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Monday, November 8, 2021

Embolization versus Surgery for Stabilized Patients with Solid Organ Injury

Embolization versus Surgery for Stabilized Patients with Solid Organ Injury


Clinical question
Compare the in-hospital survival after embolization versus laparotomy in hemodynamically unstable patients who responded to resuscitation and initial CT identified isolated solid organ injury.

Take away point
No significant difference was seen between in-hospital survival in those receiving embolization versus laparotomy.

Reference
Embolization versus Surgery for Stabilized Patients with Solid Organ Injury. Aoki, M.. et al. Journal of Vascular and Interventional Radiology, Volume 32, 1150-1155.

Click here for abstract

Study design
Retrospective cohort study from the Japan Trauma Data Bank between 2004-2018.

Funding Source
No funding

Setting
Multi-center.

Figure


Summary


Hemorrhage in the setting of trauma is often successfully managed surgically or with embolization depending on the clinical scenario and resources available. Currently, embolization is recommended for hemodynamically stable patients with solid organ injury, while surgical management is recommended for patients with hemodynamic instability. Those who respond to initial resuscitation may be appropriate for embolization. This study compares in-hospital survival following embolization versus laparotomy in hemodynamically unstable patients with solid organ injury who respond to initial resuscitation.

This is a retrospective cohort study performed in Japan between 2004-2018 using the Japan Trauma Data Bank. Patient selection included: patients over the age of 15, completion of abdominal CT, liver and/or splenic injury, sBP <90mm Hg and received a blood transfusion within 24 hours. Patient exclusion included: severe abdominal injury (AIS >3), except for splenic or liver injuries, AIS of 6, dead on arrival, administration of CPR and aortic cross-clamping. Patients were then divided into groups based on having received laparotomy or embolization (see figure above). The primary outcome was in-hospital survival. Secondary outcomes included, complications, length of hospital stay, percentage of patients discharged to home, and rate of splenectomy. Notable analysis technique included propensity score matching analyses, comparing the following models: original cohort (PSM1), cohort minus the penetrating mechanism (PSM2), and cohort adjusted by the time to transfusion and to treatment (PSM3).

Of the baseline characteristics, there were significant differences in sex, sBP, GCS and ISS in PSM 1 and 2, and GCS in PSM3. There was no significant difference between laparotomy and embolization in the 3 propensity score matching models regarding in-hospital mortality, liver injury, splenic injury, time to treatment or analyzed complications. Notable limitations include lack of information on which organ was embolized, their definition of hemodynamic instability and possible confounders not included in their PSM analysis. In addition, the authors note a high degree of access to CT scanners and a short time to embolization. This may be due to CT scan and embolization availability in many of the OR suites in Japan included in this study.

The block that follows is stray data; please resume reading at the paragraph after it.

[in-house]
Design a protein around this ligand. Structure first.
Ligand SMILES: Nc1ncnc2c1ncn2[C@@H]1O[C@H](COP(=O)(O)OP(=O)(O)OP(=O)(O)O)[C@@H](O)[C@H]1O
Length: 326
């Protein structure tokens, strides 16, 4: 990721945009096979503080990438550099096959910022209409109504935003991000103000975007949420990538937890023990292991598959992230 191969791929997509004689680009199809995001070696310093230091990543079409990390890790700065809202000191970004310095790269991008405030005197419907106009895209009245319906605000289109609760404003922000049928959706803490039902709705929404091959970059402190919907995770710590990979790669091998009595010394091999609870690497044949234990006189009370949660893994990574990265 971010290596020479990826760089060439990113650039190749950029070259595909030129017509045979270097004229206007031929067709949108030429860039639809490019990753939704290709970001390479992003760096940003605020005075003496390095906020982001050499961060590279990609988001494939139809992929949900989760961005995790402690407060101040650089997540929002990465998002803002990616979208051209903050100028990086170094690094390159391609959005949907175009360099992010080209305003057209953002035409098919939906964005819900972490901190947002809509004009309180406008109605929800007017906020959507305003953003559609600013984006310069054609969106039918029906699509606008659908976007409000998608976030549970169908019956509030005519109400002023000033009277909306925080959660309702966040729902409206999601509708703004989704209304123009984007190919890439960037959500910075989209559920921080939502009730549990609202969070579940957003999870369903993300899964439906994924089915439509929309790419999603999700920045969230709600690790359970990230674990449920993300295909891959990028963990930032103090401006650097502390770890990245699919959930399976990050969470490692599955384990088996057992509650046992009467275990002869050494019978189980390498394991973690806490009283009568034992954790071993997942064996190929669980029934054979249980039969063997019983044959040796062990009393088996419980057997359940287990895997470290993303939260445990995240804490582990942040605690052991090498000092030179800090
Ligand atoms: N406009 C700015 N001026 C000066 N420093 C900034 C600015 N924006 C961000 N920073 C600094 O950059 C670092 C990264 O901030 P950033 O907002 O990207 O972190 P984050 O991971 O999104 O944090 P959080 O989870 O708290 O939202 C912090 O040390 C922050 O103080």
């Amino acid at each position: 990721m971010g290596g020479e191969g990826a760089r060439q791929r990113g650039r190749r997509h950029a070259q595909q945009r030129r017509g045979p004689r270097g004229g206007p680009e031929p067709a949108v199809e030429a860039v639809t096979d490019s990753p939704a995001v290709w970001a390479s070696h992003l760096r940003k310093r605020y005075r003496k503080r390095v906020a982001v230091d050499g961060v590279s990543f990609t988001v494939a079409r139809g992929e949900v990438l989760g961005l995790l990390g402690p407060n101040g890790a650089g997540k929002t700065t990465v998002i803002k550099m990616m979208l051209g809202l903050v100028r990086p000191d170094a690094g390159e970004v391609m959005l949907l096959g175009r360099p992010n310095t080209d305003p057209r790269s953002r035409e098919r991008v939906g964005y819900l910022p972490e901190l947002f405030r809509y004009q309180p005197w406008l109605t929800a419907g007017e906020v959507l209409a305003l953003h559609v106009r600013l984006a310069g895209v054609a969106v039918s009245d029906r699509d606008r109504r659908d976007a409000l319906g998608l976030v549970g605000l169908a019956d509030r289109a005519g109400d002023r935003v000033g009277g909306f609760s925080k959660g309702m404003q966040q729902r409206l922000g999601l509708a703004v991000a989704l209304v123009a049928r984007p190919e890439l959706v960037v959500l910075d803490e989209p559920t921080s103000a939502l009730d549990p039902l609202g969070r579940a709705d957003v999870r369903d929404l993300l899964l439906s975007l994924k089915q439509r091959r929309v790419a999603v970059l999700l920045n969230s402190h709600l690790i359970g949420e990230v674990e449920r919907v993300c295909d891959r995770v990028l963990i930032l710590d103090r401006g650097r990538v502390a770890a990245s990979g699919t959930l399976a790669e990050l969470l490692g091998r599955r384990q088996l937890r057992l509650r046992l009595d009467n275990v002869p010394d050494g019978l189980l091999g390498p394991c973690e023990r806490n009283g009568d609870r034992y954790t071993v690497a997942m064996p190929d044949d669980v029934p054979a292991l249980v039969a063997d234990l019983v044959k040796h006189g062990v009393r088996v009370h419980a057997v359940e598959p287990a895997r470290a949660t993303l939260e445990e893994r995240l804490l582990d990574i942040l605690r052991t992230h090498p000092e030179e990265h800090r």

Commentary


Regardless of OIS scores, this study demonstrates no significant difference in in-hospital mortality between laparotomy and embolization in stabilized patients who had received a CT scan. This data helps underscore the utility of endovascular techniques in trauma, particularly those that may be deemed hemodynamically unstable. The authors define instability as a sBP <90 mm Hg and having received a blood transfusion. The American College of Surgeons defines hemodynamic instability “as global or regional perfusion that is not adequate to support normal organ function”. They also note that relying on sBP is not sufficient, due to multiple compensatory mechanisms that exist to prevent hypotension. Overall, hemodynamic instability is often a gestalt, which is challenging to define by objective numbers. Additionally, although there is high availability of CT scans in Japan, the inclusion criteria of having received a CT scan often suggests some element of stability.

The greatest challenge is the applicability of these findings in healthcare settings where access to CT may be limited or prompt endovascular treatment may be logistically challenging. In this study, patients had timely access to both imaging and endovascular treatment. Time to treatment is immensely important in trauma patients, therefore care should not be delayed to pursue an endovascular option. If the patients by definition are hemodynamically unstable, the facility should have access to hybrid operating rooms or the ability to rapidly transfer to surgical management. In the US, the majority of hospitals are not level 1 trauma centers, and are often able to surgically manage patients more quickly. In the correct clinical and healthcare setting, these findings demonstrate endovascular treatments are an appropriate treatment option in the unstable trauma patient. Future research noting specific organ embolization and treatment techniques may help establish protocols and help guide clinical decision making.

Post Author
Marissa Stumbras, MD
Interventional Radiology Resident, PGY3
Oregon Health & Science University
@MarissaStumbras

Edited and formatted by @NingchengLi


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